Saturday, 26 April 2014

Driver cable for the bike.

I have EC5s on all the batteries. I use EC5s because they'll carry a *lot* of current, they solder on easily, you add the plastic housing after you've soldered it (so you won't melt the plastic while you're soldering) and they plug in and unplug without needing a big fight. Female on the batteries (and things offering power) and male on the things accepting power. They are impossible to plug in the wrong way round; you can't plug a negative into a positive, if you soldered the plug up the right way round.

The resistor in the circuit means that as soon as it's plugged in, the batteries slowly (a couple of seconds) charge up the capacitors in the controller, so you don't get a big spark. That saves the contacts on the switch. The switch is a domestic contact breaker, rated at 53 amps (so it should switch power off if there's a short circuit). £2.79 on Ebay,

But I don't rely on that, there's a 40 amp fuse (it's a car blade fuse, costs £1.10 on Ebay). And, of course, I have a few spare fuses, which I carry in my puncture repair kit.

The shunt needs to be 0.75 milliohms. That's four inches of 10 AWG wire, you can work out how much you need if you use a different guage from this: The ammeter/voltmeter sits on the handlebars, so I can see at any time, how much current I'm pulling, and the battery voltage.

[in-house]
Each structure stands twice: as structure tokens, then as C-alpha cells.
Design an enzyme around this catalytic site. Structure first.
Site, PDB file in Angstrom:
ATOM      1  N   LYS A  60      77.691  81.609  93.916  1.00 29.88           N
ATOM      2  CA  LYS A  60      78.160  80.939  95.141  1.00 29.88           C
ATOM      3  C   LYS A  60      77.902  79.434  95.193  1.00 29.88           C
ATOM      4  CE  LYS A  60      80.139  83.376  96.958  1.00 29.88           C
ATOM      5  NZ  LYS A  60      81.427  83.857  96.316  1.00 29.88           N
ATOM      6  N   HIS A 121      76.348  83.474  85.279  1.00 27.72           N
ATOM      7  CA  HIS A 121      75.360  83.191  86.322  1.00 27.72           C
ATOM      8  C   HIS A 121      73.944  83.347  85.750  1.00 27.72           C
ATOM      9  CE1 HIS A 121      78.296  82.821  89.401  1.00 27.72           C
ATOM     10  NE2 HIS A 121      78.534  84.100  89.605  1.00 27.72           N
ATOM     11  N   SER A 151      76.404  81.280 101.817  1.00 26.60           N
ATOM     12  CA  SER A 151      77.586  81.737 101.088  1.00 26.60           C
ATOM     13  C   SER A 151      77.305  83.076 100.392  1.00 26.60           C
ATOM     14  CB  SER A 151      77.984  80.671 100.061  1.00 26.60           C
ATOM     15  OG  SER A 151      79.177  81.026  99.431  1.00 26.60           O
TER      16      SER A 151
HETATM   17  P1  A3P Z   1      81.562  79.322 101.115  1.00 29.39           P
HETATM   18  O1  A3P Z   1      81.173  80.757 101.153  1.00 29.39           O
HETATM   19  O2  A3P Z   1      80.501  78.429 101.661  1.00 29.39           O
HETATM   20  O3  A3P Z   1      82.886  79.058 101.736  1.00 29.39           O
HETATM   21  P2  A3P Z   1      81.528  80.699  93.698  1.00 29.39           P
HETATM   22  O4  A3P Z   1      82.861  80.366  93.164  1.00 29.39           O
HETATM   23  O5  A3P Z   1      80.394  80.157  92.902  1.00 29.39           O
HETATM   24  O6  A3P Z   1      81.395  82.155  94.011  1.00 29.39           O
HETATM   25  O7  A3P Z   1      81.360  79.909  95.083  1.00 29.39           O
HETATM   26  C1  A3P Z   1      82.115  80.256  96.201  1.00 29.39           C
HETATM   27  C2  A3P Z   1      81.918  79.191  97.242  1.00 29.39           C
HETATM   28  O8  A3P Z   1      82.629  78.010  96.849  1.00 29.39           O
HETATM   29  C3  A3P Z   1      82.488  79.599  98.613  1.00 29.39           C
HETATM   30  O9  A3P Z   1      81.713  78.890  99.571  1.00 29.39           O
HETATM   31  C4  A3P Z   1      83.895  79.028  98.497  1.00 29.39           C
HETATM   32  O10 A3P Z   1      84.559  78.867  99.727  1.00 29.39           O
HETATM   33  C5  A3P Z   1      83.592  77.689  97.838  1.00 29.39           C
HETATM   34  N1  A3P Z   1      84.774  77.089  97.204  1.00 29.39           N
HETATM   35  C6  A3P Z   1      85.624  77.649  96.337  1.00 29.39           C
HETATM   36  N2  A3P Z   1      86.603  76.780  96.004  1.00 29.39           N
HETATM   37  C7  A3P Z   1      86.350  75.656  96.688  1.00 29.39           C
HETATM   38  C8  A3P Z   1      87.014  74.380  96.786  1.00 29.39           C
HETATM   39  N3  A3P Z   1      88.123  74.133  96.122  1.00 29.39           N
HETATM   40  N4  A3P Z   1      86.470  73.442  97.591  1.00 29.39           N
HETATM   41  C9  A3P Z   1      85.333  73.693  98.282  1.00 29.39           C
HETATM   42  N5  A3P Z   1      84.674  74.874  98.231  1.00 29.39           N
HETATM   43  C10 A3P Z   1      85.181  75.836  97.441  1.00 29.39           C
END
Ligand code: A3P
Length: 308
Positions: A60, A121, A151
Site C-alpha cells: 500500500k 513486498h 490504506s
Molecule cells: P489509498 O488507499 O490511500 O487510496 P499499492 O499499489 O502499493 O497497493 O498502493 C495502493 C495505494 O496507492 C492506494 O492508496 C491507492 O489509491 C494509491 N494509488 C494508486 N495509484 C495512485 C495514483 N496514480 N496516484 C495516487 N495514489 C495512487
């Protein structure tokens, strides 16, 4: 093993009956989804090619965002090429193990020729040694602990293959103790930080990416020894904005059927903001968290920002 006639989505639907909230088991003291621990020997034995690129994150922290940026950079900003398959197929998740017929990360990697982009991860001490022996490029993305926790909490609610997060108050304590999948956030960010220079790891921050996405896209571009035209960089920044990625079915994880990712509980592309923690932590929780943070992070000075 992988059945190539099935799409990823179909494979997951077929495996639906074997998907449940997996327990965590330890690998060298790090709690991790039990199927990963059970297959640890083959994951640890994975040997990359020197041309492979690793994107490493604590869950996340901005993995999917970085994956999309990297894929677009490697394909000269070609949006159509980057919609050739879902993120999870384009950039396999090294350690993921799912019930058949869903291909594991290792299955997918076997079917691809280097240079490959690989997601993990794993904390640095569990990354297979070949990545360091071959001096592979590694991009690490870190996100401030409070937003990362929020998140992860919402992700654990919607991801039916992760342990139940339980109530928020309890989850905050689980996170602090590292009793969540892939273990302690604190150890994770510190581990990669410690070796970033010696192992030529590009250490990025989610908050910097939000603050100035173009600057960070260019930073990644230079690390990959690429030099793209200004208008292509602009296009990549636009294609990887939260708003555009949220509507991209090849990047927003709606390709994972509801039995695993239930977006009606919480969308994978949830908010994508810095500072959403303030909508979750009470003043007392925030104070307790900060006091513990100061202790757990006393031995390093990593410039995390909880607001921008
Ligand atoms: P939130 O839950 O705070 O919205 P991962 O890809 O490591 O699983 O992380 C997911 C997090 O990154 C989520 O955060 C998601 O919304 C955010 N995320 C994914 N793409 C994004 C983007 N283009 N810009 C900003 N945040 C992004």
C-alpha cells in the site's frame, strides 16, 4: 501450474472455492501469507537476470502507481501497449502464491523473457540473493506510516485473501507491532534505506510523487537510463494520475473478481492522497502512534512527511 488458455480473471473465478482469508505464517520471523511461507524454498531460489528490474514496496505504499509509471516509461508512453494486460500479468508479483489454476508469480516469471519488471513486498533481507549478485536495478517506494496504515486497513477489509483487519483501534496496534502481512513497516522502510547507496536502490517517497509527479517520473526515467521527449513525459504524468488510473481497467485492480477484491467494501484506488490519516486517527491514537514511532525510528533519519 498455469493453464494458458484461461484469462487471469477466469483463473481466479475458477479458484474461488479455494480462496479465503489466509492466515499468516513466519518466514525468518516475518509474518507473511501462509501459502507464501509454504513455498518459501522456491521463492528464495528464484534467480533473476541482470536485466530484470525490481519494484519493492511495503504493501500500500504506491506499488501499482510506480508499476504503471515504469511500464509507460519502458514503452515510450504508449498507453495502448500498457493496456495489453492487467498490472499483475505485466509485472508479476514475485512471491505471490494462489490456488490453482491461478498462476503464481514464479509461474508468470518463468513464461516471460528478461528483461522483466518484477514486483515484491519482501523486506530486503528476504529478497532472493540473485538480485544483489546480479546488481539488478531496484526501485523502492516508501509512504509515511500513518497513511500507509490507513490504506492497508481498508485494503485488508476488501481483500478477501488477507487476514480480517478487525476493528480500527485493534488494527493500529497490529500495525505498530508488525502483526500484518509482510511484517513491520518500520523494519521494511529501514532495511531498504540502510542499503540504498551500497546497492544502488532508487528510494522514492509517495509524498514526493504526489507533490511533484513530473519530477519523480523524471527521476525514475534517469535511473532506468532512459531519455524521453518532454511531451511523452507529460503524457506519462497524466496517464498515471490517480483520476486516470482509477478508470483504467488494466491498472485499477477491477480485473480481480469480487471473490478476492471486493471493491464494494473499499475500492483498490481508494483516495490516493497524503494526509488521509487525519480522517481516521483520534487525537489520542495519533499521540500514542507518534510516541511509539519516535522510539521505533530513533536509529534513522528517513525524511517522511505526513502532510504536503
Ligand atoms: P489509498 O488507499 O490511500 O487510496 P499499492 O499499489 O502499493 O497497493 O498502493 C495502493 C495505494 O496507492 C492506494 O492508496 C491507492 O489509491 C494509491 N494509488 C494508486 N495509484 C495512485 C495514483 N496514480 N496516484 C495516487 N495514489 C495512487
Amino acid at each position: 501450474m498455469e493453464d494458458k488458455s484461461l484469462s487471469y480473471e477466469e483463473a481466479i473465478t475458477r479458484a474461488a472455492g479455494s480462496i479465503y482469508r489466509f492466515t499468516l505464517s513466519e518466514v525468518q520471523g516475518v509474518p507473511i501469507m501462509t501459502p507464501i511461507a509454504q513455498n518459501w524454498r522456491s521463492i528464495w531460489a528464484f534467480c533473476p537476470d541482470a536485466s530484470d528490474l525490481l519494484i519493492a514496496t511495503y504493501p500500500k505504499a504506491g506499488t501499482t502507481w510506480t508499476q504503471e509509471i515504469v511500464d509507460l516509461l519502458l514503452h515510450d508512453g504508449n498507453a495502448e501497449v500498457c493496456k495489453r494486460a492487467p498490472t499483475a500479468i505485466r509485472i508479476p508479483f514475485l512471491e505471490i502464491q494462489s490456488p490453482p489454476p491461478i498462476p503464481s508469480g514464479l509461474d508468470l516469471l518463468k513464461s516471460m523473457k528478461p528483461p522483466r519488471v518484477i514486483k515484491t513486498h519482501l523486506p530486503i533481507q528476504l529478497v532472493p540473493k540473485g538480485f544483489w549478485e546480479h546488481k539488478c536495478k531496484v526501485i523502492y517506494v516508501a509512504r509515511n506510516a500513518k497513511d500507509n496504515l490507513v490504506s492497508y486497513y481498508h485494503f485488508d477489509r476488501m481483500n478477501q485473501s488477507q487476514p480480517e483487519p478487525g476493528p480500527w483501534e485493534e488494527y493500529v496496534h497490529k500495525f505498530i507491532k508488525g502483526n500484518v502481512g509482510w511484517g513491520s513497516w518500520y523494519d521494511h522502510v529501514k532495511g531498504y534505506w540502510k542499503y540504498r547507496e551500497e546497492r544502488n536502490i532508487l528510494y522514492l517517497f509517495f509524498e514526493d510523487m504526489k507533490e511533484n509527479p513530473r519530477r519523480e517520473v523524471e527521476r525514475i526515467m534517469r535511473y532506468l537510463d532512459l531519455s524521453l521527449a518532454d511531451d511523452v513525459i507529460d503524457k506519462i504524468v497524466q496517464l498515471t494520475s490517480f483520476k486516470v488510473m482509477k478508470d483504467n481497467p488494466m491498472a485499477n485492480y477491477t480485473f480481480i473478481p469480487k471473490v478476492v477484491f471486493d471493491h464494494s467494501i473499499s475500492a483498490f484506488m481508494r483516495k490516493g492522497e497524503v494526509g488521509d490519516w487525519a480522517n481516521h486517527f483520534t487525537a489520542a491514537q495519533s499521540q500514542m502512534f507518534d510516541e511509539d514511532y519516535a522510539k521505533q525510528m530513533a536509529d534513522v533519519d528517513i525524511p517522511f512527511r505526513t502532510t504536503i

The ammeter/voltmeter is from Ebay, £3.59

The wattmeter is Ebay, expect to pay between £8 and £9. I have that down with the batteries, because it's easiest to put it there. I use it to tell me how many amp-hours the battery has done since being connected up. I use 5ah batteries, and I'm getting 4.5 ah or so. The batteries will slowly deteriorate over time, so when they only give me 3ah, I'll replace them.

The "battery to power voltmeter/ammeter" is a holder for four AAA batteries with a little switch. I run it until the AAA batteries are dead, then recharge them - this means that I could be without my ammeter/voltmeter display for a little while.

The series connector is just two EC5 males in series, connected to an EC5 female. It's just as easy to wire up three or four, depending on how many batteries you want in series to drive your bike.

As well as all the usual wiring on the bike, I have an ethernet cable going from the battery pack to the handlebars. That has 8 conductors; four are for the ammeter/voltmeter, two for a 5 volt power supply that feeds my PDA (which I use for navigation) and the other two will be feeding a headlight when I install it. The 5 volts comes from a step-down unit that runs from the bike battery, and the headlight will also be fed by the bike battery.

Here's the diagram.

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